Chairperson: Carolyn Lam1
Speakers: Carolyn Lam,1 Burkert Pieske,2 Justin Ezekowitz,3 Javed Butler4
1. National Heart Centre, Singapore, Singapore
2. Charité University of Medicine, Berlin, Germany
3. University of Alberta, Edmonton, Canada
4. University of Mississippi, Oxford, Mississippi, USA
Disclosure: Prof Lam has received research support and/or served as a consultant or on the advisory board/steering committee/executive committee for Abbott Diagnostics, Amgen, Applied Therapeutics, AstraZeneca, Bayer, Biofourmis, Boehringer Ingelheim, Boston Scientific, Corvia Medical, Cytokinetics, Darma Inc, EKo.ai, JanaCare, Janssen Research & Development LLC, Medtronic, Menarini Group, Merck, MyoKardia, Novartis, Novo Nordisk, Radcliffe Group, Roche Diagnostics, Sanofi, Stealth BioTherapeutics, The Corpus, Vifor Pharma, and WebMD Global LLC; and is cofounder and non-executive director of EKo.ai. Prof Pieske has acted as a speaker, advisor, or steering committee member for Novartis, Bayer, Merck, Servier, AstraZeneca, Bristol Myers Squibb, Daiichi-Sankyo, and Medscape. Prof Ezekowitz is a member of the VICTORIA executive committee, a trial funded by Bayer and Merck Shape & Dohme. Prof Butler has received research support and/or served as a consultant or on the advisory board/steering committee/executive committee for Abbott, Adrenomed, Array, Amgen, Applied Therapeutics, AstraZeneca, Bayer, BerlinCures, Boehringer Ingelheim, Corvia, Cardior, CVRx, Eli Lilly and company, G3 Pharma, Imbria, Impulse Dynamics, Innolife, Janssen, LivaNova, Luitpold, Medtronic, Merck, Novartis, Novo Nordisk, Relypsa, Roche, Sanofi, Sequana Medical, V-Wave Ltd, and Vifor Pharma.
Acknowledgements: Writing assistance was provided by Helen Boreham, HB Medical (UK) Ltd, Leeds, UK.
Support: The publication of this article was funded by Bayer. The views and opinions expressed are those of the presenters. Content was reviewed by Bayer for medical accuracy.
Citation: EMJ Cardiol. 2020;8:26-33.
Despite clinical advances in the management of heart failure with reduced ejection fraction (HFrEF), new treatment strategies are still urgently needed for patients with symptomatic chronic HF who have experienced a previous worsening HF event. These patients remain at risk of recurrent worsening HF events despite optimal, guideline-directed medical and device therapy. During this symposium, leading cardiology experts explored therapeutic advances in patients with HFrEF who have had a previous worsening HF event, focussing on the novel cyclic guanosine monophosphate (cGMP) pathway stimulator vericiguat, as well as results from the landmark VICTORIA trial.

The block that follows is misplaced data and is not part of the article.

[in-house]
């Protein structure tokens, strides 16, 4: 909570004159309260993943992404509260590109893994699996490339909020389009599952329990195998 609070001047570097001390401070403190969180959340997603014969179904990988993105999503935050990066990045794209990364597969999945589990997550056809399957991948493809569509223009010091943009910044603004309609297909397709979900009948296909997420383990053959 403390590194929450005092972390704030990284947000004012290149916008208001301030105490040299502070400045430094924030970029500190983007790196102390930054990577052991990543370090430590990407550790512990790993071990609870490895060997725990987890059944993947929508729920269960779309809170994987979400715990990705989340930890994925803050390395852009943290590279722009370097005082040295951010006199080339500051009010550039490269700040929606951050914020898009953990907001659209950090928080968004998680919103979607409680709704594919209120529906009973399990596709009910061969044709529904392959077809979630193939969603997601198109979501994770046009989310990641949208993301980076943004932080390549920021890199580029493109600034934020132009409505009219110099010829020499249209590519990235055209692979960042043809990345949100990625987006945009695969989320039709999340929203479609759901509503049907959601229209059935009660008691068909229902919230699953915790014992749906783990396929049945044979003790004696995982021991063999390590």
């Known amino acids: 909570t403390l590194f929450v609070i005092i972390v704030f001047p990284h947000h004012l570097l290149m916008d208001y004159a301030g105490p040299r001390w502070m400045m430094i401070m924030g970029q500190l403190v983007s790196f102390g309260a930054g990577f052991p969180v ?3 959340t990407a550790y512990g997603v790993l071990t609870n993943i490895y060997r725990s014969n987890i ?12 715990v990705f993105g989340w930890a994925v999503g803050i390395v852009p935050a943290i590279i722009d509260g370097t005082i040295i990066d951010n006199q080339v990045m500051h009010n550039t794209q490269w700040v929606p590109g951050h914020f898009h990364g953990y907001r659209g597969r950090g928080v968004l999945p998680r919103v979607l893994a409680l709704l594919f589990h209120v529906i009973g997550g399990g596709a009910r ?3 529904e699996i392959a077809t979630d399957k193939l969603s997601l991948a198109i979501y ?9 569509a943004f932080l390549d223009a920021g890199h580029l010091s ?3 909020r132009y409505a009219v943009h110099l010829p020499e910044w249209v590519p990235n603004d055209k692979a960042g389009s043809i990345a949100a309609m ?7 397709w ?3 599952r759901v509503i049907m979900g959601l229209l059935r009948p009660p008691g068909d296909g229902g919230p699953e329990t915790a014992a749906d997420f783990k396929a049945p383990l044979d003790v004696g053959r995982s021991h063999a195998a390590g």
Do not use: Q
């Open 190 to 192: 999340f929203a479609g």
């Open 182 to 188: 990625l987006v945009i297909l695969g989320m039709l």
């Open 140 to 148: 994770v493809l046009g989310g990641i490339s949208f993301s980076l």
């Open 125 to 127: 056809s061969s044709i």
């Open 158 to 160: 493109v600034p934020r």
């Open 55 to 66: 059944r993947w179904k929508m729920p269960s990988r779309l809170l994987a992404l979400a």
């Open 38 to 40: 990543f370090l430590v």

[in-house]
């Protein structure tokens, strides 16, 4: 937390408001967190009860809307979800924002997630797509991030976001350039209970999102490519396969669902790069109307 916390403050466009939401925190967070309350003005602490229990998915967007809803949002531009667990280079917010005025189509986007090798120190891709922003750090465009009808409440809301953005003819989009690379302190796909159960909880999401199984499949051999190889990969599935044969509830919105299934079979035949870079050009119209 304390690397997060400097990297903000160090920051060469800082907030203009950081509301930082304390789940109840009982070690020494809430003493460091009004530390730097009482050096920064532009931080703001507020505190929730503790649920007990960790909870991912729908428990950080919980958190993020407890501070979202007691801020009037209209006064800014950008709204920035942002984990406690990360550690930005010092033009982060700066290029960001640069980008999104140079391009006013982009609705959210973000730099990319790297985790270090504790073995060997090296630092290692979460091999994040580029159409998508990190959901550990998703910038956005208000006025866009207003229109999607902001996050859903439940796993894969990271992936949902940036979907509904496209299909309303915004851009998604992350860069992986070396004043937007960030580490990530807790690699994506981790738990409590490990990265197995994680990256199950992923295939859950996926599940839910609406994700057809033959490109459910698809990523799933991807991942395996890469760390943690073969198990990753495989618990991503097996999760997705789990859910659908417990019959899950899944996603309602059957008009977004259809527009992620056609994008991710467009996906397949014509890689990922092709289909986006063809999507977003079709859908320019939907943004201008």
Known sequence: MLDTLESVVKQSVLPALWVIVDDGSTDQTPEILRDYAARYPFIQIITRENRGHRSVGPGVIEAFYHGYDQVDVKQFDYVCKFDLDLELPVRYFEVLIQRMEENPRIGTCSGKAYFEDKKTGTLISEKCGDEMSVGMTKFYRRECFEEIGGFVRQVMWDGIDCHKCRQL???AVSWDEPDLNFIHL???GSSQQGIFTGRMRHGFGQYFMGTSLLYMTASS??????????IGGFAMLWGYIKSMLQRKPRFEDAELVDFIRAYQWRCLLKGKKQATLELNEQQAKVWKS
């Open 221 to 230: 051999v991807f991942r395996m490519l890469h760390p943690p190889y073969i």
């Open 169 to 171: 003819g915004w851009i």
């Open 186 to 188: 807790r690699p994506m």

Introduction from the Chair
Professor Carolyn Lam
European and USA treatment guidelines are aligned in their standard recommendation of therapies for symptomatic HFrEF.1,2 First-line treatment is centred on angiotensin-converting enzyme inhibitors or angiotensin receptor blockers plus β-blockers, with diuretics as needed. Next steps in the treatment pathway include adding mineralocorticoid receptor antagonists, replacing an angiotensin-converting enzyme inhibitor with an angiotensin receptor neprilysin inhibitor, or adding ivabradine in patients with sinus rhythm (heart rate ≥70 beats per minute).1,2 However, Prof Lam stressed that an important residual risk remains in many patients with HFrEF despite the guidelines-directed use of these available HF medications.
Landmark trials have highlighted the successes that have been achieved with the current armoury of HFrEF therapies.3-7 Yet even in the most recent of these studies, DAPA-HF, residual risk of cardiovascular (CV) death remained at 10% in the treated arm over 18 months’ follow-up.7 This risk is accentuated following a HF event. Real-world data from the PINNACLE registry showed that 56% of patients were rehospitalised within 30 days of a worsening HF event, and the number of HF-related hospitalisations increased over time.8
Therefore, although baseline risk in patients with HFrEF can be successfully lowered with standard guideline-directed therapies, it is important to recognise that a worsening HF event or hospitalisation is a key sign of increasing risk. These patients typically follow a worsening disease trajectory, with risk of further hospitalisations eventually culminating in advanced HF.9 Prof Lam posed the important clinical question: can we bend this curve in worsening HF, delay the progression of worsening HF events, and improve outcomes for patients with HFrEF?